Under anesthesia with 3.5% chloral hydrate (0.1 mL/10 g), blood was collected from the eye and placed in EDTAK3 tubes at the end of 18 weeks treated with high methionine. The blood was allowed to stand at room temperature for 30 minutes. Plasma was then collected through centrifugation at 4°C and 3,000 r/min and stored below −80°C. Plasma total Hcy (tHcy) concentrations (n = 12, each group) were measured through high-performance liquid chromatography (Model-L2000; Hitachi, Tokyo, Japan).

Specimen preparation

Under anesthesia with 3.5% chloral hydrate (0.1 mL/10 g), the olfactory bulbs (Lledo et al., 2008) were divided into two sections along the sagittal section. The left hemispheres were transferred to 4% paraformaldehyde for histopathology, Pischingert staining, TUNEL, immunohistochemistry, and immunofluorescence (n = 12 per group) and fixed overnight. Furthermore, the right hemispheres were sectioned to a thickness of 2 mm and glutaraldehyde-fixed for electron microscopy (n = 4 per group). The remaining tissue was frozen at −80°C for western blot assay (n = 8 per group).

Histopathological observation

The sections (thickness: 4 µm) were prepared from paraffin-embedded blocks for hematoxylin-eosin staining. The images, without overlapping, of the olfactory bulb were captured using a light microscope (DM4000 LED; Leica, Wetzler, Germany). The number of neurons, mitral cells, and granule cells per high-power field (400×) were counted and analyzed with Leica Application Suite 4.5 (Leica). Histopathological changes, such as necrosis and edema, were compared based on the histology of the Wt group using the double blind method.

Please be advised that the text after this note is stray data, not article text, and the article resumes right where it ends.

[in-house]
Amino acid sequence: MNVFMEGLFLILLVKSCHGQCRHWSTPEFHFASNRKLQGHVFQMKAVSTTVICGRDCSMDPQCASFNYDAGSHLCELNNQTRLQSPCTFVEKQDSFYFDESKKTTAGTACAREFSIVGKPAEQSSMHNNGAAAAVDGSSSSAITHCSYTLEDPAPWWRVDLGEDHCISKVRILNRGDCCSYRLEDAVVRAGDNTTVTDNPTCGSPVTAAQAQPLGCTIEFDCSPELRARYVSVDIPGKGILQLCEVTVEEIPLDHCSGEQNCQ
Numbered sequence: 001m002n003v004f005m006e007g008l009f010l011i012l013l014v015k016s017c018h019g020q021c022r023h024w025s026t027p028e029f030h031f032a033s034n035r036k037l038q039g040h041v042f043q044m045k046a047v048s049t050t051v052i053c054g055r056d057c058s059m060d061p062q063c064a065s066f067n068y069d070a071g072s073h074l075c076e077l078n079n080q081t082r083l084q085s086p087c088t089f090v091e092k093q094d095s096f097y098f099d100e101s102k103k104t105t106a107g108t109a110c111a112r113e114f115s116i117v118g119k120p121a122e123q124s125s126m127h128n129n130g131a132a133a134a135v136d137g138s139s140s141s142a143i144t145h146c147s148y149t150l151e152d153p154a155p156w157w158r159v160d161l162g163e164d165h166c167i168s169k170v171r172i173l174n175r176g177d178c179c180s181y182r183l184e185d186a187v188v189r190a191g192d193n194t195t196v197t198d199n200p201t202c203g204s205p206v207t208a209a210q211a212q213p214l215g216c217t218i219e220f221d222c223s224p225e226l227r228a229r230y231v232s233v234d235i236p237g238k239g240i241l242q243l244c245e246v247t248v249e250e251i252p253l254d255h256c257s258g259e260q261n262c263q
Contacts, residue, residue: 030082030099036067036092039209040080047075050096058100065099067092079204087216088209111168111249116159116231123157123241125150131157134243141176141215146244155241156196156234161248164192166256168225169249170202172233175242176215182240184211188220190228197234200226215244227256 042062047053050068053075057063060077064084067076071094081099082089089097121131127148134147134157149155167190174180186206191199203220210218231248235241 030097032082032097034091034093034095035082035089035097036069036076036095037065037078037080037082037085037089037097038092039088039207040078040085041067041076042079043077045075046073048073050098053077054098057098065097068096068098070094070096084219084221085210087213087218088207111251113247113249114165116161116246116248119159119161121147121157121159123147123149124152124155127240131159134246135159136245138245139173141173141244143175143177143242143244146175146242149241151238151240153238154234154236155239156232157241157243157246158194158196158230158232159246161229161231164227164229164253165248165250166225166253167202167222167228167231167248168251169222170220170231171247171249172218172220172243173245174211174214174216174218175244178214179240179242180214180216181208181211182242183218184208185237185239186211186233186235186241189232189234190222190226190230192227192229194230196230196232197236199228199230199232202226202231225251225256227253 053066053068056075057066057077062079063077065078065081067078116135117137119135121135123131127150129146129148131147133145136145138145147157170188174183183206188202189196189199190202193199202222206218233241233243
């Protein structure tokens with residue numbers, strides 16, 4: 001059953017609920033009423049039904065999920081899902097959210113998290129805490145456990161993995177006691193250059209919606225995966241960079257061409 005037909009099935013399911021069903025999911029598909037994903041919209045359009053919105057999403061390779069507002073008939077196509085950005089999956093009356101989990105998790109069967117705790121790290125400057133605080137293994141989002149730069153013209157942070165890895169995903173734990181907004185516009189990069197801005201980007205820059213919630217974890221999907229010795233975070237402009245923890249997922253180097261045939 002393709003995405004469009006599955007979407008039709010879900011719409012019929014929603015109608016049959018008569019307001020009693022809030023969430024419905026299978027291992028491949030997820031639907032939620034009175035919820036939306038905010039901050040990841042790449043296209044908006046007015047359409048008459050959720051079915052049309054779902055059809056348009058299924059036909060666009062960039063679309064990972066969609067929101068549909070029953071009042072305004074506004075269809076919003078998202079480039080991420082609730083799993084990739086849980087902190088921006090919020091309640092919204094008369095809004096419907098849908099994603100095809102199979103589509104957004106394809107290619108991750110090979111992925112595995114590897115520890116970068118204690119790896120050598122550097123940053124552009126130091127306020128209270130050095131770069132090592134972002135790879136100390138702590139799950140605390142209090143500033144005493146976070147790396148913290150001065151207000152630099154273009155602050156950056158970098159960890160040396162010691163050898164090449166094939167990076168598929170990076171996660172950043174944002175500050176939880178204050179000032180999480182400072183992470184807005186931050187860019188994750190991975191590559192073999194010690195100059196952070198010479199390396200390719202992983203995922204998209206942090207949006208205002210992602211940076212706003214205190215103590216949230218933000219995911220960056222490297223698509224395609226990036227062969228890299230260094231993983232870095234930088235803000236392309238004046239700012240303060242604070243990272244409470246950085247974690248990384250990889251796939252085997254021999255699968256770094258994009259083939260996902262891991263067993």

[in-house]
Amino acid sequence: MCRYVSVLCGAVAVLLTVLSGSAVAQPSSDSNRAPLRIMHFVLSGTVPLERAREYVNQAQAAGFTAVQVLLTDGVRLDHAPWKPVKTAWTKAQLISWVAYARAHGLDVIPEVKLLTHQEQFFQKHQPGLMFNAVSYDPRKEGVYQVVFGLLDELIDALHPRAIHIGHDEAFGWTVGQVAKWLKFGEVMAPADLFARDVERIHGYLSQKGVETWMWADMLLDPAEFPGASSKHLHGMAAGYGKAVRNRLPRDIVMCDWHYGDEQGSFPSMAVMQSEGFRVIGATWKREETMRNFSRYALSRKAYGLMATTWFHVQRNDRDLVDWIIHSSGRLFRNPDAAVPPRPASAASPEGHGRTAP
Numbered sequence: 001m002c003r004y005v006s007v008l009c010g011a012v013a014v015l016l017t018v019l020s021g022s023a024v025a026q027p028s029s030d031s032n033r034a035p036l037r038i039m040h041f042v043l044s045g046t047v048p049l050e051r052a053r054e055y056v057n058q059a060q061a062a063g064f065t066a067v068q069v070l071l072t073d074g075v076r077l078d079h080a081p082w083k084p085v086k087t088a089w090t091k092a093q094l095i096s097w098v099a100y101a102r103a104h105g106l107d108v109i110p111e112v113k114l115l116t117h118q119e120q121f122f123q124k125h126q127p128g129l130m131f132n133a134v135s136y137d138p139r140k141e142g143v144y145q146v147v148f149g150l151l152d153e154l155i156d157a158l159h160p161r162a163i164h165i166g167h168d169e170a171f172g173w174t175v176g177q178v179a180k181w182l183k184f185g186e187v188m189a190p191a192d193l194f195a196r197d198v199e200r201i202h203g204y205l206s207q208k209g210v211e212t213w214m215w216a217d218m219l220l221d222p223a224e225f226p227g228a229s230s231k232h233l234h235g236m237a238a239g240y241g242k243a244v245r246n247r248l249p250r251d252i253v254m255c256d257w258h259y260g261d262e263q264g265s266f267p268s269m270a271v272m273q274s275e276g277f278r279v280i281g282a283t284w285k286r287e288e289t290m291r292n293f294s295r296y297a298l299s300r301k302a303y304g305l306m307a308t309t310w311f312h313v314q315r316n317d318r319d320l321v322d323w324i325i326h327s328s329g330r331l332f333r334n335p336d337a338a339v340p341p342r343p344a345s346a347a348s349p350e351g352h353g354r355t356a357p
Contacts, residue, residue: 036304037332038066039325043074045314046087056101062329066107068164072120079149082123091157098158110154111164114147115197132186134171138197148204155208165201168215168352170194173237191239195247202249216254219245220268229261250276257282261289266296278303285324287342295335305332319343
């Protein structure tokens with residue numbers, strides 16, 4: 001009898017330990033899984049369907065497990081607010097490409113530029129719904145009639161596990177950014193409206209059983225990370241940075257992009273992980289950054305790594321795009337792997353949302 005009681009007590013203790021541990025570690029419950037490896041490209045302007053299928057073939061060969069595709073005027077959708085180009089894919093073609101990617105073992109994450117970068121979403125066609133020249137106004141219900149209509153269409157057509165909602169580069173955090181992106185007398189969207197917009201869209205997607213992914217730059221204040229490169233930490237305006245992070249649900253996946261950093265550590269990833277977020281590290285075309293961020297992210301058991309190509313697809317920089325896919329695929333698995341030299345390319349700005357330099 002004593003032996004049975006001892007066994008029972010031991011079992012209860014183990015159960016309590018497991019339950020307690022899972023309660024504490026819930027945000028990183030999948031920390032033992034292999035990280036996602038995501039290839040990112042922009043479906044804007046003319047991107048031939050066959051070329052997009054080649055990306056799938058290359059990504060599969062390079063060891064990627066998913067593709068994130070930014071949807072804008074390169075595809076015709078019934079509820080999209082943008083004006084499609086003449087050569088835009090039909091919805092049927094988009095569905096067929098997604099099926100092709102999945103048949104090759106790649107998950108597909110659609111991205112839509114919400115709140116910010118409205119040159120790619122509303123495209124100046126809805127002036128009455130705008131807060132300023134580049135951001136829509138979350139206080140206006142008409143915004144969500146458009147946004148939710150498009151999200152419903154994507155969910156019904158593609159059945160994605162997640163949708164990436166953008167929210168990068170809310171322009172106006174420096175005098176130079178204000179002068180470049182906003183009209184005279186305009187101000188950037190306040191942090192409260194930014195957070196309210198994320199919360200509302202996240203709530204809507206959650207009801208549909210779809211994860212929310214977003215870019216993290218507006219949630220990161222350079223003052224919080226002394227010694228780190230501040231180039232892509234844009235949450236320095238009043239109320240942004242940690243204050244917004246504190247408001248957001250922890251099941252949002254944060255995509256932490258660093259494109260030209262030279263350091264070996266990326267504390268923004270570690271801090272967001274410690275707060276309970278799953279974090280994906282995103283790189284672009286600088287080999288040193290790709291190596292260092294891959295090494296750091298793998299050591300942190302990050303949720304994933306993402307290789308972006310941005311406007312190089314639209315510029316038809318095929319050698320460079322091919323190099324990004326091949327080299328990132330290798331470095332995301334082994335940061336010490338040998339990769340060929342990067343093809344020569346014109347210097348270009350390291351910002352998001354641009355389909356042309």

Pischingert staining

The sections were dewaxed and hydrated, after a 10-minute incubation in methylene blue at room temperature. The sections were washed in phosphate-buffered saline (PBS; pH 4.6) until the Nissl bodies became clear. The sections were subsequently incubated with 4% ammonium molybdate buffer for 5 minutes. The images were observed and captured. The integrated optical density was analyzed with Leica Application Suite 4.5 (Leica), and the mean optical density was calculated by (integrated optical density sum)/area.

Transmission electron microscopy

Three sections (size: approximately 1 × 1 × 2 mm3) were removed from the freshly extracted right hemisphere of the olfactory bulb along the sagittal plane. The samples were transferred to 3% glutaraldehyde and fixed overnight at 4°C. Thereafter, they were washed three times with PBS (pH 7.4), followed by incubation in 1% osmium acid at room temperature for 2 hours for secondary fixation. The samples were then subjected to gradient acetone dehydration, epoxy resin 618 penetration, and embedding. For localization, a 1-μm section was stained with toluidine blue and observed through light microscopy (DM4000 LED; Leica). Furthermore, a 60-nm thick section was imaged through electron microscopy after dyeing. The ultrastructural changes in the neurons were analyzed through transmission electron microscopy (H7800; Hitachi). Mitochondrial vacuolization was defined as vacuolar structures with an expanded volume and cristae loss of more than 50%. Lipofuscin was defined as vacuolar structures containing electron-dense materials and autophagic vacuoles (Tyagi et al., 2010). The ratios of the neurons with mitochondrial vacuolization and lipofuscin were analyzed using the formula: numbers of neurons with mitochondrial vacuolization or lipofuscin/numbers of neurons with and without mitochondrial vacuolization or lipofuscin.